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Three men posing with a tiger skin. India or Burma?

Our Prime Minster's new soundbite 'global Britain' sounds like some utter bollocks generated by one of those humorous online joke slogan generators, but there's more to it than that I fear. 

It is a calculated pandering to the English nationalist myth of oppressed smallness. The subtext is "we are small but brave and clever; just free us from the yoke of the corrupt foreigners and we will show the world just how great we are." Substitute 'foreigner' for 'Jews' or 'immigrants' and see it for what it is.

At the heart of this is the deeply held English nationalist belief that Britain isn't global currently and, more astonishingly, never has been. Yes, history-buffs, you read that correctly. In order to make this seem true the entire British Empire period has been blanked out. This may be difficult for readers outside the UK to believe, but this monumental piece of 19th century world history does not feature at all in our populist nationalist narrative. You have to understand that it never happened. Okay? History started in 1914. Everything before this was merely a series of costumed theme parks. This is precisely how my daughter is taught history at primary school. A bit of the costume stuff, dressing up as Victorians and Tudors, then two whole years studying life in the trenches in WW1, followed by an entire year of WW2. And when I say WW1 and WW2 I mean specifically Britain fighting Germany during those wars, forget Japan or any other participant. The defining feature of our nation's history is that it fought two wars with Germany in western Europe during the 20th century. Nothing else. That's our government-approved state history syllabus for our children, preparing them for the big wide world.

Politicians (and presumably that crucial voting demographic of baby-boomers) in recent decades have been very keen on this 'British history' as they call it. There's no room in it for India or Australia or West and South Africa, let alone colonial America. Ireland isn't in it either. If it didn't happen right here, or nearby, or happen directly to white British passport-holding people, it isn't British history. Possibly the only exception to this in living memory has been the Falklands War, and in order for that to become a national event history had to be re-written, making the Falkland Islanders into British citizens before the conflict (fiction) rather than afterwards (reality). In the same period Britain agreed to hand several million non-white Hong Kong citizens, all holding the same passport as the Falkland Islanders, over to communist China as a kind of human gift. That wasn't British history though, so it didn't matter.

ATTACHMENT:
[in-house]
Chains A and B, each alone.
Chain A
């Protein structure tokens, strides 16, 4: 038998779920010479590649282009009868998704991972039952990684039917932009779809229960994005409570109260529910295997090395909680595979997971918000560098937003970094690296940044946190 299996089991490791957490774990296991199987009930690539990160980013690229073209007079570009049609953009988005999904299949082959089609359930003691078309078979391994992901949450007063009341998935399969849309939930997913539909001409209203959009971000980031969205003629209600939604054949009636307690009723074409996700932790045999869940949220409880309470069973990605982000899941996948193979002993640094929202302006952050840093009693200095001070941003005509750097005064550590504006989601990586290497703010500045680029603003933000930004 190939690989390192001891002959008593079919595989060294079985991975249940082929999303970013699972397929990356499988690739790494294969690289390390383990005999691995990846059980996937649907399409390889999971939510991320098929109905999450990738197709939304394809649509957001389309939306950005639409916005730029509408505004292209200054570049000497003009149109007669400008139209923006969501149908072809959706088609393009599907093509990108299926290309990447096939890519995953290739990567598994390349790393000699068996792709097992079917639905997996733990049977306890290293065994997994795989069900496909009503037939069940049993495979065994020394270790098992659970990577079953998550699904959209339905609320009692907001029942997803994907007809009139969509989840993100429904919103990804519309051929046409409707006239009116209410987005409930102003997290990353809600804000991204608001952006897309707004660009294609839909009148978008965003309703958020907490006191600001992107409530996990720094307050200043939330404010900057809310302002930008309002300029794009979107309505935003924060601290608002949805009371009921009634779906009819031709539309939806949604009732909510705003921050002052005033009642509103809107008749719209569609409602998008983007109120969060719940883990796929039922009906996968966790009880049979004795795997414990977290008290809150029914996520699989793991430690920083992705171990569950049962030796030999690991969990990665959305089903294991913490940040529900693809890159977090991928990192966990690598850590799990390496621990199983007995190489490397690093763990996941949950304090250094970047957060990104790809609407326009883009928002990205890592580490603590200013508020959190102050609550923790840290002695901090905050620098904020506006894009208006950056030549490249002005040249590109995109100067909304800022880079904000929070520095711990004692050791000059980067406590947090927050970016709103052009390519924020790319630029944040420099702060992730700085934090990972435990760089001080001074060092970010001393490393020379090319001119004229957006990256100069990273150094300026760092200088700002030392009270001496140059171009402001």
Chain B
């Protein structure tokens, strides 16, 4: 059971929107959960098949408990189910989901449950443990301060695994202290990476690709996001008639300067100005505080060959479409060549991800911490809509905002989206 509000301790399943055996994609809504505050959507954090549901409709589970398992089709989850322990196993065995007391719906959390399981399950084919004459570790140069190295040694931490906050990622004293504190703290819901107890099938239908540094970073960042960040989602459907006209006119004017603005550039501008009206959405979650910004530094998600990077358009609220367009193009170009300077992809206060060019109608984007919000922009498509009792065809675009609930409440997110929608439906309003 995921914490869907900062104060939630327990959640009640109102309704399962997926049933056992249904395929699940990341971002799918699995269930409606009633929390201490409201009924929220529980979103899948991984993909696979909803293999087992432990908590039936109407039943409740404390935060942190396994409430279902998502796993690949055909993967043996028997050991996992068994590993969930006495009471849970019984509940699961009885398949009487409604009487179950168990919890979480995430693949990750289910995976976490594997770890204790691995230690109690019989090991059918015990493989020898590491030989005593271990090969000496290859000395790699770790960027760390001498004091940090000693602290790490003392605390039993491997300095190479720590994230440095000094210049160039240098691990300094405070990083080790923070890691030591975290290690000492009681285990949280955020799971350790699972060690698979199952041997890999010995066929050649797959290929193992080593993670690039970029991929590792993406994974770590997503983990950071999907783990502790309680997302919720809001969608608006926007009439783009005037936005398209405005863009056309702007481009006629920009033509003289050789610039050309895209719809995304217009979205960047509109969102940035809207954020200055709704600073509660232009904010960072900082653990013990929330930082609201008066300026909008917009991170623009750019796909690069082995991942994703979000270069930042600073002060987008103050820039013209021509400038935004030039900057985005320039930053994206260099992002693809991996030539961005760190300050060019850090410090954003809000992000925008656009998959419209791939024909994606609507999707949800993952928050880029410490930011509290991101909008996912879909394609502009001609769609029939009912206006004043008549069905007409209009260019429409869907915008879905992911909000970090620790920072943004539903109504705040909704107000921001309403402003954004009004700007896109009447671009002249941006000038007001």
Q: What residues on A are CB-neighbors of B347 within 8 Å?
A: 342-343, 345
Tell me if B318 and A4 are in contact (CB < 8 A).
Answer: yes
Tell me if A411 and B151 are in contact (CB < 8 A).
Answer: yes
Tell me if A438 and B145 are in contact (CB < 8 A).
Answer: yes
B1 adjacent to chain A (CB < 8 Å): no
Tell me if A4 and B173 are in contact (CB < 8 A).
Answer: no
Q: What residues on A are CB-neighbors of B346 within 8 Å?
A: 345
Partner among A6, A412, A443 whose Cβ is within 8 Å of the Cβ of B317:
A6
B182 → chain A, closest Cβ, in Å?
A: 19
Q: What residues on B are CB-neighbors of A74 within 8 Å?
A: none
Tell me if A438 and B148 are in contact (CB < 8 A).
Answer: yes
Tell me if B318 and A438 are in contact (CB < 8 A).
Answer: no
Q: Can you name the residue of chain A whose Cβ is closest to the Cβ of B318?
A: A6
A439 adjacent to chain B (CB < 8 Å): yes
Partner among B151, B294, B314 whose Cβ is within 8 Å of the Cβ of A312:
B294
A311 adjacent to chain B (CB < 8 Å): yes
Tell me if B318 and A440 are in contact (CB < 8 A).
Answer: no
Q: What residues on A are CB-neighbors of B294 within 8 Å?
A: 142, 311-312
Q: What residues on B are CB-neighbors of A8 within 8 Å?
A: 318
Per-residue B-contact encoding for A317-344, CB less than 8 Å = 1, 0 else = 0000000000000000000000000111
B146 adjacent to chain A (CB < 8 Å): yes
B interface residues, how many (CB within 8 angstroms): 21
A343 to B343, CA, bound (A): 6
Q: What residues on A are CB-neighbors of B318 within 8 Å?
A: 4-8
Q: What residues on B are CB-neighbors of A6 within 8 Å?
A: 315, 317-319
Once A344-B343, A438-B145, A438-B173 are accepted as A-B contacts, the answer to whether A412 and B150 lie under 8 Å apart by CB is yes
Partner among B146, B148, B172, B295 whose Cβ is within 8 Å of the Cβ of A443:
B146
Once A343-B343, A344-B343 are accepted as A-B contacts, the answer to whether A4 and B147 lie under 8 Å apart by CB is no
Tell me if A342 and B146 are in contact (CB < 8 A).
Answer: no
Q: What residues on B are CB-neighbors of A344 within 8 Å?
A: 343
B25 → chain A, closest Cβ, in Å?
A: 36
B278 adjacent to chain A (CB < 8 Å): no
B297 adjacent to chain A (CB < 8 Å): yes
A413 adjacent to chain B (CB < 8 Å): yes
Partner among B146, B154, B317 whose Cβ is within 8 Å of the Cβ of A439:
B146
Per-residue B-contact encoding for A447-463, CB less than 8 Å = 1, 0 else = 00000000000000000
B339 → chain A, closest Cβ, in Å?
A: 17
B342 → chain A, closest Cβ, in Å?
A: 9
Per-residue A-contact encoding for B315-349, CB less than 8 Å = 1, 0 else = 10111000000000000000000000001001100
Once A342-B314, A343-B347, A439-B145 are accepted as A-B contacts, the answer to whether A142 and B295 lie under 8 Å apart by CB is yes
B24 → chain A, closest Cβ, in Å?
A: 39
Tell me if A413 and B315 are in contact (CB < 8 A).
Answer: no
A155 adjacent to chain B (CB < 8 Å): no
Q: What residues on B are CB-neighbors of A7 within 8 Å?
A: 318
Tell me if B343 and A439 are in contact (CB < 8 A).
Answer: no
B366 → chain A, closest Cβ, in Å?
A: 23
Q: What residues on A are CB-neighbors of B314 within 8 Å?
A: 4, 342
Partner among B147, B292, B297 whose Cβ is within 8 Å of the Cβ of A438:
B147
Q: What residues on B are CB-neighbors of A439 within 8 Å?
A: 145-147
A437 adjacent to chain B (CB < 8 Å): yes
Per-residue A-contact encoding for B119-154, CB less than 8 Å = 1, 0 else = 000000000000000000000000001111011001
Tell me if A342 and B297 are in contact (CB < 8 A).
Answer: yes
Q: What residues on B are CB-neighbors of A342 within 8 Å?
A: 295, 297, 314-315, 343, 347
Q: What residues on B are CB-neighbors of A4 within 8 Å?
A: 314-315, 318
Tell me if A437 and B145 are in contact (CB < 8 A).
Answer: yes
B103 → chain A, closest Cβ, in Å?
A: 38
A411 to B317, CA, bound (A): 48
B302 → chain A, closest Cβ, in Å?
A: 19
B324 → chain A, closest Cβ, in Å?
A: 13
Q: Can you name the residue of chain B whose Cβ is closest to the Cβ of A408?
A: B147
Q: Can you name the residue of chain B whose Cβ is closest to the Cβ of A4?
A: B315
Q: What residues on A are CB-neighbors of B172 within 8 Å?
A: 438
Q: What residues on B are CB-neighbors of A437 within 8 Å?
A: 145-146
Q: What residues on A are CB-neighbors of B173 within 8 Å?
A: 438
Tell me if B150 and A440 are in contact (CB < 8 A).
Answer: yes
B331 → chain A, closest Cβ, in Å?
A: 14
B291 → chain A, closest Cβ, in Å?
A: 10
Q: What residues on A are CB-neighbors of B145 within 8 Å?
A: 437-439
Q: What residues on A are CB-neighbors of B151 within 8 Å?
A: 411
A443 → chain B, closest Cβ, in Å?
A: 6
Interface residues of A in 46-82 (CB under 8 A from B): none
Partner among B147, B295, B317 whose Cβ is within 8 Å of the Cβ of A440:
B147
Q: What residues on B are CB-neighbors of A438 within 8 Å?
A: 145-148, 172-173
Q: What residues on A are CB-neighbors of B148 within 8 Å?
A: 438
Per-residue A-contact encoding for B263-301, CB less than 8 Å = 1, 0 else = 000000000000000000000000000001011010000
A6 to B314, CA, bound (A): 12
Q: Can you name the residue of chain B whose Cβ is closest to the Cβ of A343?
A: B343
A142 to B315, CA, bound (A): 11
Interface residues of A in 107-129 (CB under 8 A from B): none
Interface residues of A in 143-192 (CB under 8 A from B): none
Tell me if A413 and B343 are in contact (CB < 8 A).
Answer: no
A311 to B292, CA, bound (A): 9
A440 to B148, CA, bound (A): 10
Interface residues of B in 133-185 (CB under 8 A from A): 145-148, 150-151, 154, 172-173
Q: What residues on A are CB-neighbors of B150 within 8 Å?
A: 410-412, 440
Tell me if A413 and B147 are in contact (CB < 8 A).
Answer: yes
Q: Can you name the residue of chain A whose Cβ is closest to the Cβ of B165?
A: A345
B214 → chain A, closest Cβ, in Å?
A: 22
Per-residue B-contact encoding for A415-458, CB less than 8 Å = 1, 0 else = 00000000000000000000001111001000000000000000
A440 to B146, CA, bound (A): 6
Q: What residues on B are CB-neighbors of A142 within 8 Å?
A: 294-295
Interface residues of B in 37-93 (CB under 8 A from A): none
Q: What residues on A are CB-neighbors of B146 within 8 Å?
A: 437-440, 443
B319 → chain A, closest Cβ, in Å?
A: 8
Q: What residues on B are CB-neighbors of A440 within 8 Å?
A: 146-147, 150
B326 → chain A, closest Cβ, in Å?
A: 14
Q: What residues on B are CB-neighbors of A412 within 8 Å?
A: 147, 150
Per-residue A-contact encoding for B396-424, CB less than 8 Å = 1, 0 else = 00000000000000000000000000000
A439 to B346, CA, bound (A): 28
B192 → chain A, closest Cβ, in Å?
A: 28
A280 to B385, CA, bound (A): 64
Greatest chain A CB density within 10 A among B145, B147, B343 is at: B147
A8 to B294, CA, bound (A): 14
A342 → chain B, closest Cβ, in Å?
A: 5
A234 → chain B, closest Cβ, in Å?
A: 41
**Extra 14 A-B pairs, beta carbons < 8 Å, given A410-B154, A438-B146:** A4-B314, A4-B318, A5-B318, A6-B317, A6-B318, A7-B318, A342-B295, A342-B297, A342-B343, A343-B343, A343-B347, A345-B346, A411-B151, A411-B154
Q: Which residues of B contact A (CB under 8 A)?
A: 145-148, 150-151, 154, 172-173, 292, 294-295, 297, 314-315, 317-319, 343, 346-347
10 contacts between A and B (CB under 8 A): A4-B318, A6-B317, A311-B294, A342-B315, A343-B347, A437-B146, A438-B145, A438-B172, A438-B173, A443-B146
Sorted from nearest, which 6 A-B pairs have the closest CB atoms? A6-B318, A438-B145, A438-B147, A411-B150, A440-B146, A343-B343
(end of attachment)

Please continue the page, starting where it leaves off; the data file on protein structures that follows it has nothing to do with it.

What is at the base of this psychosis? It seems tied to the end of the British empire as a formal entity. Right up until the 1950s (when the baby-boomers were children) British people were fed the most extraordinary fictional racist propaganda concerning the empire. It was the greatest thing that had ever existed. Wonderful, civilised, beloved, and at the core of it was a quintessential English superiority; English exceptionalism. What's painful to the English nationalist is not that the empire ended but that it simply carried on without the English. That it didn't even need the English. The English nationalist cannot tolerate this. The English nationalist does not want to know that hundreds of millions of Indians live in a democracy and speak English. The nationalist does not want to know that vast London-based multinationals are carrying on business as usual in Hong Kong and Singapore. The English nationalist is not even interested that the British government continues to support extractive neo-colonial agendas in the former empire. If he were to know these things then he, personally, would cease to be exceptional and, worse still, the last 200 years of British history would have to be re-written as global and involving billions of non-white non-English overseas British. And that would be too much to bear.